The Importance of being Trauma-informed
Trauma-informed refers to an approach that recognises and responds to the impact of trauma on individuals. It is a way of understanding and engaging with people who have experienced trauma by considering the physical, psychological and emotional effects it can have on their lives. Why is being trauma-informed so important?
Supporting vulnerable people
Over the last few years, the narrative has changed and there is now a greater focus on being trauma- informed. But how do we do this and how do we make sure that ‘trauma’ doesn’t become a buzz word that is thrown around too easily?
As a GPI, delivering Safety Intervention training to professionals working within the human services sector, I hear many heartbreaking stories. Just last week, a participant told me a story of a 14-year-old youth he supports who has already lived with 40 different families. I think about the potential trauma it has caused for the child going through constant relocation and having to resettle into new environments. This must be very stressful for a 14-year-old!
This to me would generate complex trauma, trauma that happens when someone is exposed to varied and multiple events over a period of time. Imagine the feeling of not being wanted, of having to adapt yourself to try to fit in with a new family, to only be relocated again. I couldn’t fathom what that must feel like.
Seeing the person beyond the behaviour
This is only one example of what I hear. During my training sessions I have heard many examples of children from broken homes, children experiencing physical, sexual or psychological abuse and/or neglect.
No matter what the background or the situation, if there is trauma, it is essential to understand that the person will generally be in fight or flight all the time.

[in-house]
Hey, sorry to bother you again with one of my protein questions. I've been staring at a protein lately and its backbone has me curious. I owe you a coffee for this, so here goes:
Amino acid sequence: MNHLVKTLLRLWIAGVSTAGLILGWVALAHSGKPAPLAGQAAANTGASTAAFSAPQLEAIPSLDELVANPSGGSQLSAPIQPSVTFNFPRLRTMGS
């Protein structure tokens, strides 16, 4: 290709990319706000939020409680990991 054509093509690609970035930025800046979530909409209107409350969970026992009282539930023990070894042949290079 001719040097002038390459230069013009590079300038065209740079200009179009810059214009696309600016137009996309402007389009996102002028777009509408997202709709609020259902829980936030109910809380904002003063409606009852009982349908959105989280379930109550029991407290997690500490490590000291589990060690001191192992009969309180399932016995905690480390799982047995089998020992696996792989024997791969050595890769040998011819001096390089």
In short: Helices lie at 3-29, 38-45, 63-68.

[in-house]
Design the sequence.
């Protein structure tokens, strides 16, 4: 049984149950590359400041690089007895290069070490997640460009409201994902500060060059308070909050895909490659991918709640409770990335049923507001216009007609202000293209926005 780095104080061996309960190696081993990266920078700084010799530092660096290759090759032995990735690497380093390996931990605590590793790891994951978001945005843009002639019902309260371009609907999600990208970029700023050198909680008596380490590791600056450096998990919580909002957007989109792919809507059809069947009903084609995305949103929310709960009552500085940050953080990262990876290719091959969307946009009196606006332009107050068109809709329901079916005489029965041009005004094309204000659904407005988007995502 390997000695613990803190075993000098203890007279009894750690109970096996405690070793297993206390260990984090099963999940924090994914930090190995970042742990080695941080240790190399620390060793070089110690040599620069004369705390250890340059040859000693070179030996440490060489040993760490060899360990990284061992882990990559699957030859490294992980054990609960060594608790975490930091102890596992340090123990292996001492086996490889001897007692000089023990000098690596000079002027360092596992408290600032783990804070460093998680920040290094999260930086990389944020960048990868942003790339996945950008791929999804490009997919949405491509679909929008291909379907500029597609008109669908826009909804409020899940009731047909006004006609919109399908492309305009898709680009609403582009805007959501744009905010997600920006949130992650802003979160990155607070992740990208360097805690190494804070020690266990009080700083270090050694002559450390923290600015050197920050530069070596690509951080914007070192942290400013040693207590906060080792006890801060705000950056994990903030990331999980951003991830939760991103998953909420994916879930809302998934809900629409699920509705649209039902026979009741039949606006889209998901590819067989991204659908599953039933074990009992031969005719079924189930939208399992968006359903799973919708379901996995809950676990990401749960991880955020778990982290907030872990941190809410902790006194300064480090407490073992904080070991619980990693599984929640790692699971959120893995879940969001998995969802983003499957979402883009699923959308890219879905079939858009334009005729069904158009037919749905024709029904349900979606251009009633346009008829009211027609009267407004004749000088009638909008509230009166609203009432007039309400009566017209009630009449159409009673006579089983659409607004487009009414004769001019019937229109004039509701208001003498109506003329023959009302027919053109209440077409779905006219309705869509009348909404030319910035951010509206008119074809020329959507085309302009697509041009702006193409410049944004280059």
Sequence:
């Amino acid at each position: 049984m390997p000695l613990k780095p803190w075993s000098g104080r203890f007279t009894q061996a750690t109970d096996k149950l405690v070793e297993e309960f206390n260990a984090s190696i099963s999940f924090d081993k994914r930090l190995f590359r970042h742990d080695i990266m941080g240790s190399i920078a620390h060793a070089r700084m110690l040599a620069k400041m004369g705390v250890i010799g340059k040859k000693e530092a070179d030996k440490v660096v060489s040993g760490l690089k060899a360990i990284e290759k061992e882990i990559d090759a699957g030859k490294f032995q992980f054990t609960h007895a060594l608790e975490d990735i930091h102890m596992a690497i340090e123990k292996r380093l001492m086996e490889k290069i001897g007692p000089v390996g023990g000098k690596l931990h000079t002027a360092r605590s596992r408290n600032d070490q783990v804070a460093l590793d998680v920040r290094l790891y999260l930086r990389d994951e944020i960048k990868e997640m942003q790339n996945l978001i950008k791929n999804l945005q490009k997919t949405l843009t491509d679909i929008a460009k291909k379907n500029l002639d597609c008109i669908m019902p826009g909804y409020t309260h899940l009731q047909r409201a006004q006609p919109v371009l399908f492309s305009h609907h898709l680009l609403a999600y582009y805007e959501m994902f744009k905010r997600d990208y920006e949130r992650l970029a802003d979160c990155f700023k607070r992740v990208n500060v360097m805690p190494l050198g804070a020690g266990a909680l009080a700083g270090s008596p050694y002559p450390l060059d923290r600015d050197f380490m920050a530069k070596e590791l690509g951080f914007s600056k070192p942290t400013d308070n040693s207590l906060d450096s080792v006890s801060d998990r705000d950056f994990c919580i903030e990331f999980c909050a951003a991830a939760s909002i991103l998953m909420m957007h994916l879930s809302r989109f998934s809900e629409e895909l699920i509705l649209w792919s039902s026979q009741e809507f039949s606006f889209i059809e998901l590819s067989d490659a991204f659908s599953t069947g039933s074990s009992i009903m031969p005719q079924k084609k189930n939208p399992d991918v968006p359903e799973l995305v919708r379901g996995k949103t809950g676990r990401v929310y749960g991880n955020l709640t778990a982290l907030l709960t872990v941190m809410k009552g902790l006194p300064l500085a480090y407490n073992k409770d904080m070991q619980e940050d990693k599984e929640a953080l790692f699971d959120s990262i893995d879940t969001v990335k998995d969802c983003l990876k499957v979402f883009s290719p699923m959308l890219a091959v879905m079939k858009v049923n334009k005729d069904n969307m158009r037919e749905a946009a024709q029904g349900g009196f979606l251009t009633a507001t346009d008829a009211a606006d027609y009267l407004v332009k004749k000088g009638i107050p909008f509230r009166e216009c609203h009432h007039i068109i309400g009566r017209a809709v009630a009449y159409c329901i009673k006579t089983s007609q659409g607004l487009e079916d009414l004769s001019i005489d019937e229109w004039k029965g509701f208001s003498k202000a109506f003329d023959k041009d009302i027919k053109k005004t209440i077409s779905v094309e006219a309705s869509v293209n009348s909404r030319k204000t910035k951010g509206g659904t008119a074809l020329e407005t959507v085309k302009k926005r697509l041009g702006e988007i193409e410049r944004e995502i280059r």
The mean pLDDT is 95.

Often when they display difficult behaviour, it is due to those underlying factors that is affecting their wellbeing.
That is where we, as professionals must aim to take the time to understand this so that we can provide the best possible support.
Regardless of the sector, whether it be schools and education, the disability sector, with our front-line workers, our nurses and hospital staff, or even in the aged- care sector, we need to be remembering that “trauma” is not a buzzword: this is someone’s reality, and we can make a continual and positive change in this area through increased training, increasing knowledge, competence, and confidence.
Overall, being trauma-informed is essential for promoting healing, providing effective support, and creating safe and empowering spaces for trauma survivors. It acknowledges the impact of trauma and seeks to foster resilience, empathy, and understanding in all aspects of life.
To find out more about how we can help with Verbal Intervention training see our programme page for more information.